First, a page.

** This article has been revised from its original version which was published on May…
Exception to the Medicaid Penalty: Gifting to a Loved One in Need
It is generally known that if you make a gift to your child (or pretty much anyone, with a few exceptions) and then need to go into a nursing home within five years, Medicaid will penalize you for the gift.
The general rule is that if you (or your spouse) need nursing home care within the next five years, Medicaid will be made aware of the gift during the application process as part of the “look back”. Medicaid will then almost certainly assess a penalty, which is a period of time that you are not eligible for Medicaid, based on the amount of the gift.
Exception to the General Rule:
If a gift (transfer) was made for a purpose “exclusively other than to qualify for Medicaid”, then no penalty period is to be assessed. The problem that we encounter with Medicaid applications and transfers made during the lookback period, is that Medicaid generally takes the position that all transfers were to qualify for Medicaid. The burden then shifts back to the applicant to prove otherwise.
This is not easy to prove and is very fact sensitive. There are a number of factors to consider, including the age and health of the applicant.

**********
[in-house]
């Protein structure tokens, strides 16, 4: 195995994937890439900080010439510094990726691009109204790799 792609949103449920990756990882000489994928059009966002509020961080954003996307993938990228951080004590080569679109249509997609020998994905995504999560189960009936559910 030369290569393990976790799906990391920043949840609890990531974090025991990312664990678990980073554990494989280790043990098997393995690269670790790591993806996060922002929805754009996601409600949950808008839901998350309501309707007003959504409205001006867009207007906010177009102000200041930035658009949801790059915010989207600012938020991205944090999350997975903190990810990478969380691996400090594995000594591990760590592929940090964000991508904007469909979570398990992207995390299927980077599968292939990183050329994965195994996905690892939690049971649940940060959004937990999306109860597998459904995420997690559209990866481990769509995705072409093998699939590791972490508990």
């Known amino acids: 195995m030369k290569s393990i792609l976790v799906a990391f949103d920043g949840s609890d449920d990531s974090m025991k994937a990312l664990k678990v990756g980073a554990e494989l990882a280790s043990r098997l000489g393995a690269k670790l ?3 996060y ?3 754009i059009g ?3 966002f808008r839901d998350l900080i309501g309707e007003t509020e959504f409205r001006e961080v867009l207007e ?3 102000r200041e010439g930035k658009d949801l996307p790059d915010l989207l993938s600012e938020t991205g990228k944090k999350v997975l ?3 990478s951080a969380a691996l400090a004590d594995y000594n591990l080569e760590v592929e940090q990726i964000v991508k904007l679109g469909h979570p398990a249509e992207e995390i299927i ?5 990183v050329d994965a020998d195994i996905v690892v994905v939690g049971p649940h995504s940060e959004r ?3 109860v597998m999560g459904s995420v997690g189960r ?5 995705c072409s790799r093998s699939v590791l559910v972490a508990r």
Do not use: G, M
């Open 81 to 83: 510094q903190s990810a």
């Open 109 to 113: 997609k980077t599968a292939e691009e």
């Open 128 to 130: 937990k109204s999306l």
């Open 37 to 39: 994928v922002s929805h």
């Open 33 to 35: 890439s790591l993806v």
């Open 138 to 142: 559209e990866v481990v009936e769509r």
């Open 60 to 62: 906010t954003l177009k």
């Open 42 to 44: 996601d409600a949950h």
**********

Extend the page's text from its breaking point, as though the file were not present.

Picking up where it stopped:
I recently was successful at a Fair Hearing involving one of these cases. A couple helped their daughter through a rough financial time a few years ago. Unfortunately, the wife (who had mild dementia around the time of the gifts) needed to go into a nursing home about 2 years later.
At the hearing, we were able to demonstrate that the parents made these gifts to help their daughter and had nothing to do with Medicaid or asset protection planning. The daughter was able to provide documentation to support our assertions that this was for a purpose exclusively other than to qualify for Medicaid, including copies of checks she wrote to creditors and to pay other bills and expenses.
Situations like these can often be complicated and should be reviewed by an experienced elder law attorney as soon as possible. Each case is different and no outcome can be guaranteed. But with the right set of facts, and appropriate supporting documentation, you have a chance.
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